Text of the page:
Age and Gender Differences in Injuries and Risk Factors in Elite Junior and Professional Tennis Players

Robyn Porter Rice, Kathryn Roach, Neva Kirk-Sanchez, Bret Waltz, Todd S. Ellenbecker, Neeru Jayanthi, Michele Raya

Research output: Contribution to journalArticlepeer-review

Abstract

Background: Elite tennis athletes experience injuries throughout the entire body. Impairments in trunk stability, lower limb flexibility, and hip range of motion (ROM) are modifiable risk factors that can impact injuries and performance. Information on nonmodifiable risk factors such as age and gender is limited. The purpose of this investigation was to provide information on risk factors to direct clinical decision-making and injury prevention and rehab programming in this population. Hypothesis: Prevalence and location of injuries will differ by age group and gender. Trunk stability, lower limb flexibility, and hip ROM will differ by age group and gender. Study Design: Cross-sectional study. Level of Evidence: Level 3. Methods: A de-identified database (n = 237; females = 126) from the United States Tennis Association High Performance Profile (HPP) 2014-2015 was used for the analysis. Subjects were elite junior and professional tennis players (mean age 14.6 [range, 9-27] years). The HPP is a tennis-specific assessment and questionnaire that includes retrospective information on injury history. Subjects were categorized by injury, gender, and age. Injury locations were classified by region. Trunk stability measures included drop vertical jump (DVJ), single-leg squat, and prone and side planks. Lower limb measures included hamstring, quadriceps and hip flexor flexibility, and hip rotation ROM. Results: A total of 46% of athletes reported an injury. Significant differences were found for injury prevalence and location by age group. Adolescent athletes (age 13-17 years) had more trunk injuries, while adult athletes (age ≥18 years) had more lower limb injuries. Adolescent athletes performed worse on DVJ, dominant side plank, and hamstring flexibility compared with young (age ≤12 years) and adult athletes. Significant gender differences in hip ROM included internal rotation on both the dominant and nondominant sides. Conclusion: Impairments in trunk stability, lower limb flexibility, and hip rotation ROM may affect both health and performance outcomes in this population. Elite tennis athletes may benefit from additional off court programming to address trunk and lower limb impairments. Clinical Relevance: Adolescent elite tennis athletes may be at higher risk of trunk injuries. Age, gender, injury history, and impairments should be considered with all assessments and programming.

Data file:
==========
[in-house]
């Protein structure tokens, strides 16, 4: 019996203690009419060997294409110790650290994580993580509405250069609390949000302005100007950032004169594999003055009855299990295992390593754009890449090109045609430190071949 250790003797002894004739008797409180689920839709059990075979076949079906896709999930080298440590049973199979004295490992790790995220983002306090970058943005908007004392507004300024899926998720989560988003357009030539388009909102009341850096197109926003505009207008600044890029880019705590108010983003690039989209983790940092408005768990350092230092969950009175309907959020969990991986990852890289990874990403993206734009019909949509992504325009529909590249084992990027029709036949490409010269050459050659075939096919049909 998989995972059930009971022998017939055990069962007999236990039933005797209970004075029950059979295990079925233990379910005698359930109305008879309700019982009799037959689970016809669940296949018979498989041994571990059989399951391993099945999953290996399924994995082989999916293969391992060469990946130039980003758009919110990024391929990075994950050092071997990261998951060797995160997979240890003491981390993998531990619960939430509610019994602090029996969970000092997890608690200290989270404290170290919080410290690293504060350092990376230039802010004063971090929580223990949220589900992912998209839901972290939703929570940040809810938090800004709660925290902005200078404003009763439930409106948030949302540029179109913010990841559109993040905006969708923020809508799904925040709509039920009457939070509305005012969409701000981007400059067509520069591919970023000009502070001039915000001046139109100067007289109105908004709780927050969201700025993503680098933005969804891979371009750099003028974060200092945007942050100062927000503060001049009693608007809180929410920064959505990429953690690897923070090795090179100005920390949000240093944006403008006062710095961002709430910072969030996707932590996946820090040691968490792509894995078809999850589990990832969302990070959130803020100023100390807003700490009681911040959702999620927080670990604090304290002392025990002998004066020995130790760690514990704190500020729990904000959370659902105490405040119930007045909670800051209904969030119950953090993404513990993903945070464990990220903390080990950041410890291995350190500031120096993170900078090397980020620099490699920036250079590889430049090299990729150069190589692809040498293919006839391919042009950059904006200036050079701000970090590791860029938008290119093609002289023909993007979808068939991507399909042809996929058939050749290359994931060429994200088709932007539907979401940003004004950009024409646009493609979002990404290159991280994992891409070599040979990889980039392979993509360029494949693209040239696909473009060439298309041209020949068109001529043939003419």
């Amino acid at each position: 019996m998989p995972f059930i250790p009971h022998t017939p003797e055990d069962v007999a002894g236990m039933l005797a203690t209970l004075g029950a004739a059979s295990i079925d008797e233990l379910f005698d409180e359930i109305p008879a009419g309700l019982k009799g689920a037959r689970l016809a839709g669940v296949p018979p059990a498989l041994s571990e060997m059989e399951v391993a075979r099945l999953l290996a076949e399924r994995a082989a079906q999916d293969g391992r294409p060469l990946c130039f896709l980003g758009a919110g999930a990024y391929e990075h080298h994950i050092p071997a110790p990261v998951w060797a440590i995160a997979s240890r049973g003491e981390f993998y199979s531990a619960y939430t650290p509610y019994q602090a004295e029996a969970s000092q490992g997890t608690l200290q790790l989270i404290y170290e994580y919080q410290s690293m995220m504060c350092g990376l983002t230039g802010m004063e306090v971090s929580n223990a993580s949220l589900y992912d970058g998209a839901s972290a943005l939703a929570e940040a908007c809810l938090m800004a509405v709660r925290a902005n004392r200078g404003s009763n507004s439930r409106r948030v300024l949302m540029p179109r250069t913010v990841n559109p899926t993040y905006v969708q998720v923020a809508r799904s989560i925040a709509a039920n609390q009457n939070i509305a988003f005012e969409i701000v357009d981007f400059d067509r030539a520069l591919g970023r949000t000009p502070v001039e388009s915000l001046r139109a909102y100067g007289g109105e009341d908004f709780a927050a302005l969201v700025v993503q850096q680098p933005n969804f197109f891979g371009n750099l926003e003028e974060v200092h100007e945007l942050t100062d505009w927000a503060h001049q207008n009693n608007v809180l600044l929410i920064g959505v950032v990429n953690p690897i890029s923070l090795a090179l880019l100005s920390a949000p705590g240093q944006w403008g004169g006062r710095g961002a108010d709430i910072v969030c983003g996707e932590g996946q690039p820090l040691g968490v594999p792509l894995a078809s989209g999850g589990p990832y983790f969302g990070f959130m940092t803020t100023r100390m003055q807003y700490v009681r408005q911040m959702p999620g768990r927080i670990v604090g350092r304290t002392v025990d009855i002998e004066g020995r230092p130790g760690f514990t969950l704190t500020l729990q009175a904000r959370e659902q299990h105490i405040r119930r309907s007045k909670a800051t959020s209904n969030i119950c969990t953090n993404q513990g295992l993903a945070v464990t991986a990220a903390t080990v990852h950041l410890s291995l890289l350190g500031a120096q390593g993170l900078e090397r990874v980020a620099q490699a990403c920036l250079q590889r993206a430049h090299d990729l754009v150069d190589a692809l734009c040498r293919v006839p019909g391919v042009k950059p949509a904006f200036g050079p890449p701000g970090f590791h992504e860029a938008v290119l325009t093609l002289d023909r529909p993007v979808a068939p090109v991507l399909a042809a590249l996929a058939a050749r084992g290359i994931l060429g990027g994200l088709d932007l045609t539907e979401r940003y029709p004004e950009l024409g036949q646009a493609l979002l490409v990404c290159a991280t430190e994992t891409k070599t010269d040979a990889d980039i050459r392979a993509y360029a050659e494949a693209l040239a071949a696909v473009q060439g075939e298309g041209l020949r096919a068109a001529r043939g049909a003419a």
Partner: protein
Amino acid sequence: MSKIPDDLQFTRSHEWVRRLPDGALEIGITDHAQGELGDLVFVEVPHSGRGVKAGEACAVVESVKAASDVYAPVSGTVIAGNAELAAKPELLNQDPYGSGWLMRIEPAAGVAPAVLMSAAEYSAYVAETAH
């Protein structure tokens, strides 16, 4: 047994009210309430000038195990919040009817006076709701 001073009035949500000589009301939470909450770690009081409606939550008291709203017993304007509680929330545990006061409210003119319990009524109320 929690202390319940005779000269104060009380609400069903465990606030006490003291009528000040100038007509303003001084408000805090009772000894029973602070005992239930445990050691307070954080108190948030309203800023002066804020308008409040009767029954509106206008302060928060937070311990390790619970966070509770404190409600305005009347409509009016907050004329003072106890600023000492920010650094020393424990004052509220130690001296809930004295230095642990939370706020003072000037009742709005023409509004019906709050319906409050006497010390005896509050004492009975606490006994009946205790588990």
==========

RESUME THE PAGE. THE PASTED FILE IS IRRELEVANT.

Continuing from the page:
Original languageEnglish (US)
JournalSports Health
DOIs
StateAccepted/In press - 2022
Externally publishedYes

Keywords

  • adolescent athlete
  • risk factors
  • sport-specific adaptations
  • tennis athlete
  • trunk strength

ASJC Scopus subject areas

  • Orthopedics and Sports Medicine
  • Physical Therapy, Sports Therapy and Rehabilitation

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